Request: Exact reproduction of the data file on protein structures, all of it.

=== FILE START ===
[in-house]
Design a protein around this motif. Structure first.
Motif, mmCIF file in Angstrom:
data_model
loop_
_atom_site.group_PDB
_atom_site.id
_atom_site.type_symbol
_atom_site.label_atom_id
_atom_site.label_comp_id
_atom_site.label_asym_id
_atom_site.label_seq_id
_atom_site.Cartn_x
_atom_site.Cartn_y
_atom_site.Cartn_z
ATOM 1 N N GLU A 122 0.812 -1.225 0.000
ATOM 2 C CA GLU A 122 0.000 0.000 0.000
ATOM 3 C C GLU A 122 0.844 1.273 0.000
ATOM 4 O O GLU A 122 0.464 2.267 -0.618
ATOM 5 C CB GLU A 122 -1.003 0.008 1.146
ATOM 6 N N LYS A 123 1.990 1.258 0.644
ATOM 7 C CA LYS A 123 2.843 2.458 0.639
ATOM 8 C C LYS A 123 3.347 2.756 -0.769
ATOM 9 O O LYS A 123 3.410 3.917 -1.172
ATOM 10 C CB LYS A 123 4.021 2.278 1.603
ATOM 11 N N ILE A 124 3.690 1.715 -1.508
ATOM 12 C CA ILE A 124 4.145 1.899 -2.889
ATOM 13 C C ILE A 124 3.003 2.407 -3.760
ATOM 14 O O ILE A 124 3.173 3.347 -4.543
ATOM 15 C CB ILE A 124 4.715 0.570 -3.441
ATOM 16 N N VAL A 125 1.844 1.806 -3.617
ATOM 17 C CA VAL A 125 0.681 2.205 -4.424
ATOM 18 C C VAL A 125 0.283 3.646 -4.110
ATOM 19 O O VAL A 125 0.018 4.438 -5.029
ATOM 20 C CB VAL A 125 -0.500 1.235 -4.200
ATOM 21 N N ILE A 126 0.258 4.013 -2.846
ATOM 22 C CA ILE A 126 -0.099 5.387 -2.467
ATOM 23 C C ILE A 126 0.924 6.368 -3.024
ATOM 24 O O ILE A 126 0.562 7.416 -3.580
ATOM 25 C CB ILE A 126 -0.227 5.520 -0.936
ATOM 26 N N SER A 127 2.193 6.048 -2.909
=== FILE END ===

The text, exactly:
[in-house]
Design a protein around this motif. Structure first.
Motif, mmCIF file in Angstrom:
data_model
loop_
_atom_site.group_PDB
_atom_site.id
_atom_site.type_symbol
_atom_site.label_atom_id
_atom_site.label_comp_id
_atom_site.label_asym_id
_atom_site.label_seq_id
_atom_site.Cartn_x
_atom_site.Cartn_y
_atom_site.Cartn_z
ATOM 1 N N GLU A 122 0.812 -1.225 0.000
ATOM 2 C CA GLU A 122 0.000 0.000 0.000
ATOM 3 C C GLU A 122 0.844 1.273 0.000
ATOM 4 O O GLU A 122 0.464 2.267 -0.618
ATOM 5 C CB GLU A 122 -1.003 0.008 1.146
ATOM 6 N N LYS A 123 1.990 1.258 0.644
ATOM 7 C CA LYS A 123 2.843 2.458 0.639
ATOM 8 C C LYS A 123 3.347 2.756 -0.769
ATOM 9 O O LYS A 123 3.410 3.917 -1.172
ATOM 10 C CB LYS A 123 4.021 2.278 1.603
ATOM 11 N N ILE A 124 3.690 1.715 -1.508
ATOM 12 C CA ILE A 124 4.145 1.899 -2.889
ATOM 13 C C ILE A 124 3.003 2.407 -3.760
ATOM 14 O O ILE A 124 3.173 3.347 -4.543
ATOM 15 C CB ILE A 124 4.715 0.570 -3.441
ATOM 16 N N VAL A 125 1.844 1.806 -3.617
ATOM 17 C CA VAL A 125 0.681 2.205 -4.424
ATOM 18 C C VAL A 125 0.283 3.646 -4.110
ATOM 19 O O VAL A 125 0.018 4.438 -5.029
ATOM 20 C CB VAL A 125 -0.500 1.235 -4.200
ATOM 21 N N ILE A 126 0.258 4.013 -2.846
ATOM 22 C CA ILE A 126 -0.099 5.387 -2.467
ATOM 23 C C ILE A 126 0.924 6.368 -3.024
ATOM 24 O O ILE A 126 0.562 7.416 -3.580
ATOM 25 C CB ILE A 126 -0.227 5.520 -0.936
ATOM 26 N N SER A 127 2.193 6.048 -2.909